No matter how many times I thumb through the Bible, I can’t seem to find the story of the happy little bunny who delivers colorfully decorated eggs to all of the well-mannered children on Easter Sunday. So what the heck does the Easter bunny have to do with Christianity’s most significant holiday?
Rabbits are known to be prolific procreators. In fact, it’s possible for large litter breeds to produce nearly 100 babies per year; and with an average lifespan of 9 to 12 years, a single rabbit could produce up to 1,000 babies. Yes, I said prolific procreators! Based on this notoriety, rabbits have long been a symbol of fertility and new life – which gives us our first clue of their relationship to Easter.
It’s long been suggested that the Easter bunny originated with the Germans. The folkloric figure “Osterhase” would determine whether children were good or bad at the start of Eastertide (Easter Season). Only the well-behaved children received colored eggs. The eggs were “laid” in the child’s cap or bonnets before Easter.
Like many other present day traditions, German immigrants brought the “Osterhase” with them when they immigrated to Pennsylvania in the 1700s. The tradition of Easter morning egg deliveries soon spread across America. Over time, decorated baskets replaced caps and bonnets, and eggs were complimented with chocolates, candy, toys, and other knickknacks.
The egg has long been a symbol of new life; and in ancient times, pagan festivals used eggs to symbolize and celebrate the start of Spring. The relationship between Christianity and the egg can be traced back to the custom of abstaining from eggs during the Lenten season. To preserve the eggs during Lent, they were boiled or roasted, then decorated and eaten on Easter. Similar to pagan practices in ancient times, Christians view eggs as a representation of new life – specifically the resurrection of Jesus from the tomb.
Peeps, PEZ, Cadbury Eggs, and Jelly Beans; after Halloween, Easter is the second best-selling candy holiday in America. Popularized in early 19th century Europe, the most popular Easter treats are chocolate eggs. Chocolate molds from the 19th and 20th century have become very popular among collectors today.
Dependent on size, condition, and maker, collectors can expect to pay anywhere from $10 for an egg mold, up to thousands of dollars for super-sized rabbit molds. A quick search for “Vintage Chocolate Molds” on eBay or a visit to Victorian Chocolate Molds, one can find some really intriguing molds.
For reasons unbeknownst to this author, the sugary, marshmallow confection Peeps, has long been the top-selling non-chocolate Easter candy. Long produced by Pennsylvania based candy manufacture, Just Born, these sugary “chicks” were introduced to world in the 1950s. The owner of the company, Sam Born, displayed a sign in his store window that told everyone passing by that his freshly-made confections were “Just Born.” It’s also an obvious play on his last name.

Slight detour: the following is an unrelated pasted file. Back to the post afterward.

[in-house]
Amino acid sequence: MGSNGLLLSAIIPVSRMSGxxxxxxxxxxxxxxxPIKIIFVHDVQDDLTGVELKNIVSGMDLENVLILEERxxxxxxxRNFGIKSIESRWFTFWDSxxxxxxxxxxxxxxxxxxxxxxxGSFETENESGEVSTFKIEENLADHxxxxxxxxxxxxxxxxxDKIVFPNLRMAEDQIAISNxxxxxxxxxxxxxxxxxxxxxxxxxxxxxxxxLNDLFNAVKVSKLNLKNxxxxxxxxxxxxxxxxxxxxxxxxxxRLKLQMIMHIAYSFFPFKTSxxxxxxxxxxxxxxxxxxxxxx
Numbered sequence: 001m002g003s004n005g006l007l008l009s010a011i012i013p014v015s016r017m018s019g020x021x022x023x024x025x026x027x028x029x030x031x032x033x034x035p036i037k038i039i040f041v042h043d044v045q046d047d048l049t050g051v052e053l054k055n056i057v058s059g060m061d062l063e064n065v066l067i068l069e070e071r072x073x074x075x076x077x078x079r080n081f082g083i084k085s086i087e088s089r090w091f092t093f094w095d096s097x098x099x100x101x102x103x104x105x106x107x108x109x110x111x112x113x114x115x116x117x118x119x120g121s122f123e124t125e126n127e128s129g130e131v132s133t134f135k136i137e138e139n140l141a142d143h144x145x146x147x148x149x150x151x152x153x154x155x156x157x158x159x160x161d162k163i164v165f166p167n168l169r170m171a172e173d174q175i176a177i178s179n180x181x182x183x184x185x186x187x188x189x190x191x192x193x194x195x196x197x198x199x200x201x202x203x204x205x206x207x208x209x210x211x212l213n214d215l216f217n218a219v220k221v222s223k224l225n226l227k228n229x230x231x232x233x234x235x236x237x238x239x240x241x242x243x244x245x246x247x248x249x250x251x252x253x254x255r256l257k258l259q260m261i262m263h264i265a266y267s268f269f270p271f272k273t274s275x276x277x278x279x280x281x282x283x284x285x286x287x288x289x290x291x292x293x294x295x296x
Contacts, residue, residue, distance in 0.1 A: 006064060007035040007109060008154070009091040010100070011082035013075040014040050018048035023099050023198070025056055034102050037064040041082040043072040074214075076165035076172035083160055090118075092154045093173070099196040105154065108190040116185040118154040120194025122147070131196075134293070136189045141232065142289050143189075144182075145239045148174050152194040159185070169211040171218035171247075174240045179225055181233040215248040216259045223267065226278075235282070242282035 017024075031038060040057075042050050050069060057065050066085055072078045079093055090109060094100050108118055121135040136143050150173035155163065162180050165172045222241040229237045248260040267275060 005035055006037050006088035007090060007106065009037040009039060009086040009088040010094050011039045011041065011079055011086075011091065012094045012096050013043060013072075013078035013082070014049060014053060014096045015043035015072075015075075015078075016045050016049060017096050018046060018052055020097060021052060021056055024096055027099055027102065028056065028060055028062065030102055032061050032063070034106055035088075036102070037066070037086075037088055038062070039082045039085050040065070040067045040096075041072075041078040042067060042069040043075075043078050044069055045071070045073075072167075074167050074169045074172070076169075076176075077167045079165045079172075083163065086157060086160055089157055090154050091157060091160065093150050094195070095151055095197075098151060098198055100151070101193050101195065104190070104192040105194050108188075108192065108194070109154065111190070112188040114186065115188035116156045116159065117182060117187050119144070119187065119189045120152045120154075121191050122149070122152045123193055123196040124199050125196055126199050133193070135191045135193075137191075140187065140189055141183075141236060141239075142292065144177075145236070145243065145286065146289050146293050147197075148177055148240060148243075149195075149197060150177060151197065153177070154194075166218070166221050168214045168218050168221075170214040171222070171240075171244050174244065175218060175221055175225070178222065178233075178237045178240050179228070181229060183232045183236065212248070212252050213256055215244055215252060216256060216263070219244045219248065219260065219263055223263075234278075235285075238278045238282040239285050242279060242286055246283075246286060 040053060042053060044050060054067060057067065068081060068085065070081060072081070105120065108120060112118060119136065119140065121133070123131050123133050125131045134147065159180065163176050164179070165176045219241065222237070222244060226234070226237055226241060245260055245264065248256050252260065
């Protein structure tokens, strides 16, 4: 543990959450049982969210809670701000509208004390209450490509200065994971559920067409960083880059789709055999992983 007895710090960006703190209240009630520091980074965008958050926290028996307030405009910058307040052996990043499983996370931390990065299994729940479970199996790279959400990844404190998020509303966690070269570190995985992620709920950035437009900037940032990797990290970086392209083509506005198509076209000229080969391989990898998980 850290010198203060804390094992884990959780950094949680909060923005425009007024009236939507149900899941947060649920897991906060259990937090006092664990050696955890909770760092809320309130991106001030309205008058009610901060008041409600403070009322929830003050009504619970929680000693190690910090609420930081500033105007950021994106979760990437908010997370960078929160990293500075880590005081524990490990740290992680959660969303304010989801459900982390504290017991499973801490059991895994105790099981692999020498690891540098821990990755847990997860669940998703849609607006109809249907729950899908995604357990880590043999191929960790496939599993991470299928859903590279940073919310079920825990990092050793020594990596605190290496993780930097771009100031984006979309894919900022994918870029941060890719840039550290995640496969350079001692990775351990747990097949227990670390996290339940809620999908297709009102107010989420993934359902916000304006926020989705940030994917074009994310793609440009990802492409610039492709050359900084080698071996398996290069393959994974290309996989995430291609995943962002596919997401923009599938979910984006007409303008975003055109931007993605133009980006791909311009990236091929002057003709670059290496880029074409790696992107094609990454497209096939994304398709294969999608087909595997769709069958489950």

Another egg-shaped candy, the jelly bean, has been associated with Easter since the 1930s. Its origins are rooted in a biblical-era candy, Turkish Delight. Made of soft jelly covered in confectioner’s powder, Turkish Delight was the inspiration behind the jelly bean’s gummy interior. If you would like to get a sugar rush of biblical proportions, check out Nory Candy Company.
Notorious for becoming easily bored, children demanded more than eggs on Easter. The Easter bunny capitulated and started adding toys to Easter morning baskets. Wind-up tin lithograph toys and small bisque dolls tucked-away inside decorated eggs are some of the most sought after Easter toys for collectors today.
Tin toys date back to the early 1800s. Made of thin sheets of steel that were hand-formed, coated with tin, and then hand painted. The earliest toys were produced in Germany, which introduced the first wind-up models in the 1850s. Popular wind-up toys range from vehicles to popular cartoon characters and animals that walk or jump.
Not as commonplace today, Easter bisque dolls have become a popular collectible with cross-over appeal. German, French, and American companies placed small bisque (and later, hard plastic) dolls into ornately decorated Easter eggs. Often dressed as the Easter bunny; or accompanied by one, the dolls were neatly nestled inside an egg. Due to the intricate designs, fragility of the egg and doll, and overall craftsmanship, these Easter collectibles can fetch hefty prices.
Collectibles help us recall and relive enjoyable memories of our past. Easter is no different. Whether you help your children color eggs, or stuff their Easter baskets with sugary sweets and toys, there are many different ways to make this Easter a memorable one. However you choose to celebrate this Easter, just remember what those eggs symbolize – new life!